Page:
There’s something odd going on in media reporting on the expiration of Disney’s copyright on the initial version of Mickey Mouse that is set to occur in 2024. Given the subject matter, we’ve talked Mickey Mouse quite a bit on this site, specifically noting the “coincidence” of copyright term extensions that have occurred roughly each and every time Disney’s copyright was about to expire. The context in this throat-clearing is, essentially: Mickey Mouse should have been in the public domain years and years ago but isn’t because Congress keeps extending the term so it never occurs.
Well, while some are theorizing that the odd spate of media posts we’re suddenly seeing now about how Mickey’s earliest versions are going into the public domain soon is part of some campaign to extend copyright terms again, there is actually very little evidence for that. But whatI found interesting about these stories is how many of them were framed: lamenting the loss of Disney’s copyright instead of celebrating the addition to the public domain. Here is one example, headlined Disney Might Lose Copyright To Mickey Mouse As First Version Of Iconic Character Reached Public Domain In 2024.
First, that headline sucks. Might lose? Will lose, actually, unless Congress quickly extends copyright terms. Second, get a sense of how this is all framed with this quote as an example.
But sadly, the first version is going to enter the public domain very soon. The silver lining is that Disney might still hold on to some rights if they can make a trademark of the first Mickey Mouse version, states a report by Deutsche Welle.
What fresh bullshit is this? Disney got sweetheart deals in the form of extensions in copyright terms over and over again, and now we’re “sad” that those sweetheart deals have run their course? And why is it a silver lining that Disney still gets to control subsequent versions of the character for the extended absurd lengths of time? What is with all the hand-wringing here?
This isn’t the only terrible framing at work here. Other outlets are including input from folks reminding people that Disney still has a trademark on Mickey Mouse and how that will allow the company to still bully and control others’ use of the character.
Meanwhile, Daniel Mayeda from the UCLA School of Law told The Guardian: “You can use the Mickey Mouse character as it was originally created to create your own Mickey Mouse stories or stories with this character. But if you do so in a way that people will think of Disney—which is kind of likely because they have been investing in this character for so long—then in theory, Disney could say you violated my trademark.”
No! That isn’t how this works. Trademark law was not intended as an end-around an expiring copyright term. No amount of investment in Mickey Mouse allows Disney to control the fact that the Steamboat Willie version of Mickey Mouse will be in the public domain. And suggesting otherwise is irresponsible. I have no doubt that Disney will try to do this, but it should fail on the merits.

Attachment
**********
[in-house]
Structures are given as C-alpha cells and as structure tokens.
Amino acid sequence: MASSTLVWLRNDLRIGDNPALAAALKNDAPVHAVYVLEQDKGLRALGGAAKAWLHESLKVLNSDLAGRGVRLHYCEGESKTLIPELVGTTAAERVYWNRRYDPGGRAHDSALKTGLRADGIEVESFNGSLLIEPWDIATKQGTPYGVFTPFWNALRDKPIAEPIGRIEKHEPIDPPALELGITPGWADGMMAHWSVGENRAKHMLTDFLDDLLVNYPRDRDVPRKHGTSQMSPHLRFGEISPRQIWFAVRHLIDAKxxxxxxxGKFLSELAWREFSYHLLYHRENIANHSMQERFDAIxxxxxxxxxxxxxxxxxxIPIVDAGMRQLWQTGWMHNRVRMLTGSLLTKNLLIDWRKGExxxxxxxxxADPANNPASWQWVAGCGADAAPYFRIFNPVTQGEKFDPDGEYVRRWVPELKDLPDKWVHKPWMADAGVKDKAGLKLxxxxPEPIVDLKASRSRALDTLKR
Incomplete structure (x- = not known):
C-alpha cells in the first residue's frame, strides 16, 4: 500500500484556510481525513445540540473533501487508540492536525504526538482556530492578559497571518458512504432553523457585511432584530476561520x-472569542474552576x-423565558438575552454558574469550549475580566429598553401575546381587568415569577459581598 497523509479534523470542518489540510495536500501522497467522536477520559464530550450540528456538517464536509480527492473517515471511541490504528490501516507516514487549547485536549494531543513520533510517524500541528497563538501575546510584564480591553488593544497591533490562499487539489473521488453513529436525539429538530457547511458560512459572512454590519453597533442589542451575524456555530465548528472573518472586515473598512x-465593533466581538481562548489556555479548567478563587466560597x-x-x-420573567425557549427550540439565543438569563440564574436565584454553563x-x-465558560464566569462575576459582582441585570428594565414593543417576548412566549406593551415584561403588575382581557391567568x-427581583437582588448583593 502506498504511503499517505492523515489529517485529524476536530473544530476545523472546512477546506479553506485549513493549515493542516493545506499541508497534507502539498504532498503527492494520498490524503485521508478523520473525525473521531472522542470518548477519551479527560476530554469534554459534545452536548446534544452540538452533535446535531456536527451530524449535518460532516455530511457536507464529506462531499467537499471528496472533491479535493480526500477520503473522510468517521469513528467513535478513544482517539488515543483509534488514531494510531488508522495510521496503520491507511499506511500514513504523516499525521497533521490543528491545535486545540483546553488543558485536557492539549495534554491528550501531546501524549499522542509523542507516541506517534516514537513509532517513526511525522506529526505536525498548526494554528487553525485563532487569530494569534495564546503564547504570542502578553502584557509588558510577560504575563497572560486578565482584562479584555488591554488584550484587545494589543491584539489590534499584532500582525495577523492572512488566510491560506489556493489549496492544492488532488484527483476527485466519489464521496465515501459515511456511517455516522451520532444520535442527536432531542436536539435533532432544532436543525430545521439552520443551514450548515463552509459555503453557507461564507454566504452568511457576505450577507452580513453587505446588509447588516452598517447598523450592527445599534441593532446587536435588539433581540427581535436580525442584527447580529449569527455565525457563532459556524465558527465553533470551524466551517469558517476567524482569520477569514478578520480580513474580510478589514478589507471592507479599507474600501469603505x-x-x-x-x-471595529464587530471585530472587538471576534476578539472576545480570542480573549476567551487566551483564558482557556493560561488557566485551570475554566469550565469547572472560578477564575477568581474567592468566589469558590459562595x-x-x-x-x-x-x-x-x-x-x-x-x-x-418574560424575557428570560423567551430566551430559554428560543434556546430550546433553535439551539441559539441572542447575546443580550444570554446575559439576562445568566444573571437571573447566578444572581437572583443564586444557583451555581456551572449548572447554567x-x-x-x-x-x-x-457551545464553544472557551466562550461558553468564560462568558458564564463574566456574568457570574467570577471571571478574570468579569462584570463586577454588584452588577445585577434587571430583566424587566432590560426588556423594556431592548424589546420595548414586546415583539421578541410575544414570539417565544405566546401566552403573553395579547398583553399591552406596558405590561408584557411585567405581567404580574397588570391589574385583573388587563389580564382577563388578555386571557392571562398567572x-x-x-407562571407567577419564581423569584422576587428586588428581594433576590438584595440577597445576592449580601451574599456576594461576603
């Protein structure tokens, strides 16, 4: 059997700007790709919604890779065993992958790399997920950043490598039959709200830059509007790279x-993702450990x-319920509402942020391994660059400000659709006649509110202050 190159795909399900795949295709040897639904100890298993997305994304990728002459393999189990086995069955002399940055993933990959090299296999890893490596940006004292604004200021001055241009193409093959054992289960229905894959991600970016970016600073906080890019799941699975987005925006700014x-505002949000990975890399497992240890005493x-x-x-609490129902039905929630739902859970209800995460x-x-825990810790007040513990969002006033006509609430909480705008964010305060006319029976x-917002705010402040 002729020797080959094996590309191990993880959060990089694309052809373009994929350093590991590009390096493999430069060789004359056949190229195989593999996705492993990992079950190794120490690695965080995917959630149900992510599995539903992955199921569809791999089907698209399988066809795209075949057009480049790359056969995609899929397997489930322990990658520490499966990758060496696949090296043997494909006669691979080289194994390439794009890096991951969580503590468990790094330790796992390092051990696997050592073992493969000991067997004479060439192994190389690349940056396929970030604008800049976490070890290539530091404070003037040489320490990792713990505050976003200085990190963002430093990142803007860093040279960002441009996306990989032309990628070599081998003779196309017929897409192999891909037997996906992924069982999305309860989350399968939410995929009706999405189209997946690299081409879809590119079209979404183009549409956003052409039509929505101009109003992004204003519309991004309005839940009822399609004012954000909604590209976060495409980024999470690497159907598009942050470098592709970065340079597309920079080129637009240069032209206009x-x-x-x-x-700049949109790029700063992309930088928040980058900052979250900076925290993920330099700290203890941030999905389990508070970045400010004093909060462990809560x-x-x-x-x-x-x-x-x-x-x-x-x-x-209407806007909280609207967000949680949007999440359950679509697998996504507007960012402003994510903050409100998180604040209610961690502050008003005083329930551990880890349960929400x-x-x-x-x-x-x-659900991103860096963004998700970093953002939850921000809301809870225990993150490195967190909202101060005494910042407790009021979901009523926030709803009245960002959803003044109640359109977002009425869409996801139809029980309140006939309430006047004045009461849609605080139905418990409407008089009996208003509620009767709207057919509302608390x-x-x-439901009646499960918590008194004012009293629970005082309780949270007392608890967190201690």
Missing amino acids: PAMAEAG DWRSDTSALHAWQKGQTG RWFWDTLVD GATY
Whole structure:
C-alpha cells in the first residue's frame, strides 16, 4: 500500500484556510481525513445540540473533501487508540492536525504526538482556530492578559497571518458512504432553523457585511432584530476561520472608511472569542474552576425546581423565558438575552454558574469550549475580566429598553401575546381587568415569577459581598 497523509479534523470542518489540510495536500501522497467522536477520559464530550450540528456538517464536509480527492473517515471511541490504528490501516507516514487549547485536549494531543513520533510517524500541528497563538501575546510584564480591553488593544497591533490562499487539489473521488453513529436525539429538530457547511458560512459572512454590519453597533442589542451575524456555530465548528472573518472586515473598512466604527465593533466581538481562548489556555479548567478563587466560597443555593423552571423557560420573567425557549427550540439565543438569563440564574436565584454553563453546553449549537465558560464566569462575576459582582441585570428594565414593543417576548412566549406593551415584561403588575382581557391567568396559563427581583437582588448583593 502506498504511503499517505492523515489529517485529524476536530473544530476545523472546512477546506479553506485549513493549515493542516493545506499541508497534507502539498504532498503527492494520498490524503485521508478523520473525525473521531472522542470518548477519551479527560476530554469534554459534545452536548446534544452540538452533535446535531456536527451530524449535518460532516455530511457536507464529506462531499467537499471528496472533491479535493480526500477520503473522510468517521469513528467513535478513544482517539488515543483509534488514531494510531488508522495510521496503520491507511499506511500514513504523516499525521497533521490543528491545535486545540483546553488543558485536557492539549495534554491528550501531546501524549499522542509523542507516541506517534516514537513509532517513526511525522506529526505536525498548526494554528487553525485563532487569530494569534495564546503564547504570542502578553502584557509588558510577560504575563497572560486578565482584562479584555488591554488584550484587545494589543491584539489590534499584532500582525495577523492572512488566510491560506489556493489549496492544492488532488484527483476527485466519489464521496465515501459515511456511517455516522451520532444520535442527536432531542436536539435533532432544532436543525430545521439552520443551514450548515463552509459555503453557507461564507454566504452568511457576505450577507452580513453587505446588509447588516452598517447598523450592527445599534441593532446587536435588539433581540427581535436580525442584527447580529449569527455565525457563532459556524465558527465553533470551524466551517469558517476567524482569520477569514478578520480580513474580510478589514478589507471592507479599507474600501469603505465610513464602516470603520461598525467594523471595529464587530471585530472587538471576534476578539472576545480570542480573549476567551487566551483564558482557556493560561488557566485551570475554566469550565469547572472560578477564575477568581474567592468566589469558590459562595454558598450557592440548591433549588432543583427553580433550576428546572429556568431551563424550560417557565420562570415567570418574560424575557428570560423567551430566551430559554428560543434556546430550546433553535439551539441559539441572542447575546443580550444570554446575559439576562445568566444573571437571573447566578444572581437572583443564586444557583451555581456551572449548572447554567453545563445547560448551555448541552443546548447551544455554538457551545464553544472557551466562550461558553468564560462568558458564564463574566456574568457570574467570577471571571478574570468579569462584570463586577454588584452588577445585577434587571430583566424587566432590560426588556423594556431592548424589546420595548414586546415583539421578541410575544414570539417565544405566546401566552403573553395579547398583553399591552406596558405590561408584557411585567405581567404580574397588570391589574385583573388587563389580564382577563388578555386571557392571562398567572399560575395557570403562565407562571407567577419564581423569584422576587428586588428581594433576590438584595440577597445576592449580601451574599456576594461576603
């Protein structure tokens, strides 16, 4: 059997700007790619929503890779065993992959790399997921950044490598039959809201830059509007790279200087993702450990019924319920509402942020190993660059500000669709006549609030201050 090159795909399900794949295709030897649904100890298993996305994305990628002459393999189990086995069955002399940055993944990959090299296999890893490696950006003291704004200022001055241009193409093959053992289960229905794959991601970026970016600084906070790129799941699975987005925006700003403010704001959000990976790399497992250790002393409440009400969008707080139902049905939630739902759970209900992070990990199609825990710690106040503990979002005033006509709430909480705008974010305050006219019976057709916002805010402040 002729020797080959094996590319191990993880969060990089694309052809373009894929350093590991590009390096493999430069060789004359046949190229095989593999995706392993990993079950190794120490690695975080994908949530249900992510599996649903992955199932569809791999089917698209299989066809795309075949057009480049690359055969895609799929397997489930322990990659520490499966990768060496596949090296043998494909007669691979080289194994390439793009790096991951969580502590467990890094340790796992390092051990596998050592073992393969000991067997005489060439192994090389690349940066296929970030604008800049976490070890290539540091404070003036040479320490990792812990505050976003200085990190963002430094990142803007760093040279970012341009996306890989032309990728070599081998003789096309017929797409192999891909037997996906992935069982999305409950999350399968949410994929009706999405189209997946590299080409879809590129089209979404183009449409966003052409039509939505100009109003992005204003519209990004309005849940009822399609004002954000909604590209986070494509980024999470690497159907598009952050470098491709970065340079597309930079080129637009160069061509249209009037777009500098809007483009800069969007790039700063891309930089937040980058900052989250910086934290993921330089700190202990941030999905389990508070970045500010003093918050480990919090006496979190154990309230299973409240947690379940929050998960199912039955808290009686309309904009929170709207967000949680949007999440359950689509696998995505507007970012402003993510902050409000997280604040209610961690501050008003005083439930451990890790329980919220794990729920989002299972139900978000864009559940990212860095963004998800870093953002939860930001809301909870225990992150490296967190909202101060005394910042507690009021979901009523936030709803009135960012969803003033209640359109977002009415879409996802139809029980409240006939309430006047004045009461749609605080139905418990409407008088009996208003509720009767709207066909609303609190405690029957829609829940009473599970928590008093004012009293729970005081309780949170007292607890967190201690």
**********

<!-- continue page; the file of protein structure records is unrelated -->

And the larger point is that all of this worry and dismay over one version of Mickey finally(!) entering into the public domain is absurd. Why is the framing in these posts all about Disney “losing” something rather than the public, literally all of us, gaining something. That’s the entire damned point of the public domain and it seems there are a lot of media outlets out there that can’t grasp the concept.
No one is ever going to confuse Hollywood giant Universal Studios with, say, EFF’s view on more permissive copyright. However, Polygon recently had a really interesting article on how Universal’s comparatively minimal focus on cracking down on the incidental (and fun) uses of its Minions characters have made the characters well known, ubiquitous… and well loved. And, as the article notes, a hell of a lot more relevant today than Mickey Mouse, owned by Disney — which is famous for its unwillingness to allow anyone to make use of its characters.
And they’re almost certainly on the walls of a number of day care facilities. Universal Studios — parent company of Illumination, the animation studio that blessed us with Minions — did not put them there. The Minions aren’t public domain. But you wouldn’t know it by the many ways people have taken ownership of them. And Universal’s comparatively hands-off attitude toward Minion litigation has arguably paid off — by making them as recognizable and culturally front-and-center as Mickey, if not more so.
I take a little issue with the framing of the article, which calls them “practically public domain” because clearly they are not, and Universal certainly has its own long history of being copyright bullies.
But there is a big lesson to be learned here. By deciding not to enforce every use, by not freaking out that someone else out there is having a little fun with your characters (there’s no way I’m calling it “your IP” because fuck that), Universal has actually made its characters more relevant than perhaps the most well known cartoon character of the 20th century.
Disney, of course, has a long history of locking up culture rather than freeing it:
Disney’s playbook has always been to rewrite public domain fairy tales into copyrighted versions, then mold an ecosystem where any other adaptation of the original story comes off as the bootleg. When Disney was able to lobby Washington to extend its copyrights on its trademarked characters in 1998, it was after the studio returned to the zeitgeist with a new generation of uber-popular rewrites of other people’s stories: The Little Mermaid, Beauty and the Beast, and Aladdin.